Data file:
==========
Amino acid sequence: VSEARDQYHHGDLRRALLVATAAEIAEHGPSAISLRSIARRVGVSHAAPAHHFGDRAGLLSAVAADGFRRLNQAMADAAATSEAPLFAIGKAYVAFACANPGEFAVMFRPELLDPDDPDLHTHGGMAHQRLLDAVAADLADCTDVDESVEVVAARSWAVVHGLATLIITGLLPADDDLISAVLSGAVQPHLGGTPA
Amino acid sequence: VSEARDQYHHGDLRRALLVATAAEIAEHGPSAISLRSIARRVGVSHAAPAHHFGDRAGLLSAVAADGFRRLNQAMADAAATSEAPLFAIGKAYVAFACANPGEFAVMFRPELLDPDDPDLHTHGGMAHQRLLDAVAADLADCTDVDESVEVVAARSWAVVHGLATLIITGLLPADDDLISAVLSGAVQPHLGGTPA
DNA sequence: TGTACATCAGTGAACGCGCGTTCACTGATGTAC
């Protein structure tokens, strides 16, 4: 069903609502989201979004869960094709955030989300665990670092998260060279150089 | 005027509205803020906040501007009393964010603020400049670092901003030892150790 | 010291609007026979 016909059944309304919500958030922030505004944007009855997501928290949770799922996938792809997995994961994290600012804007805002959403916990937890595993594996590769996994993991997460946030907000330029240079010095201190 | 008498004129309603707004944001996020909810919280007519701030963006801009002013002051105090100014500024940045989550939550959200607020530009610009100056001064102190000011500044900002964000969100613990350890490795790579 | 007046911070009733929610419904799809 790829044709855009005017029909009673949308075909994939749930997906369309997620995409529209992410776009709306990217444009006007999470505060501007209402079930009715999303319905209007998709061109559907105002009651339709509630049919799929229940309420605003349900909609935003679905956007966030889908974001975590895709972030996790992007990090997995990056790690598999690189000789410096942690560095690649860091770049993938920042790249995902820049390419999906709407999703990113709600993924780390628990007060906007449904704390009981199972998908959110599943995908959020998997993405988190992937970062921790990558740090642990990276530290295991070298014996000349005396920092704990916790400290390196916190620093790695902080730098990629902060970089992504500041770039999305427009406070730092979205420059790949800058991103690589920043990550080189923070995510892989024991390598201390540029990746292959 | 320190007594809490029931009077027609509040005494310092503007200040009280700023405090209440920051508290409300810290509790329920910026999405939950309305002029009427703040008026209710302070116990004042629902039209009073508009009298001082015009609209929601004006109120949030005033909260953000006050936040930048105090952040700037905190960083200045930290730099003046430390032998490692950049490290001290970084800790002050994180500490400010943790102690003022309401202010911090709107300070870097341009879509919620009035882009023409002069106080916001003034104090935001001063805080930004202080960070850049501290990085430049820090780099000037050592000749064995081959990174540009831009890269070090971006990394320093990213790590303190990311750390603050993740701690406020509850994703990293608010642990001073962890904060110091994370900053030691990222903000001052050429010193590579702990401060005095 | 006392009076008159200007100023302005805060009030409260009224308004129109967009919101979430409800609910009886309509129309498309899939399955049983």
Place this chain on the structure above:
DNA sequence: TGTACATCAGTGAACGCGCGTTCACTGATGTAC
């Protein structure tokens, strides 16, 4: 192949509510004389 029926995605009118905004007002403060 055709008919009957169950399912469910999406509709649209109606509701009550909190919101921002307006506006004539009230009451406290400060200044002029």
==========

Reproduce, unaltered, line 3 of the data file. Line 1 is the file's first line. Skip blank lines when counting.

DNA sequence: TGTACATCAGTGAACGCGCGTTCACTGATGTAC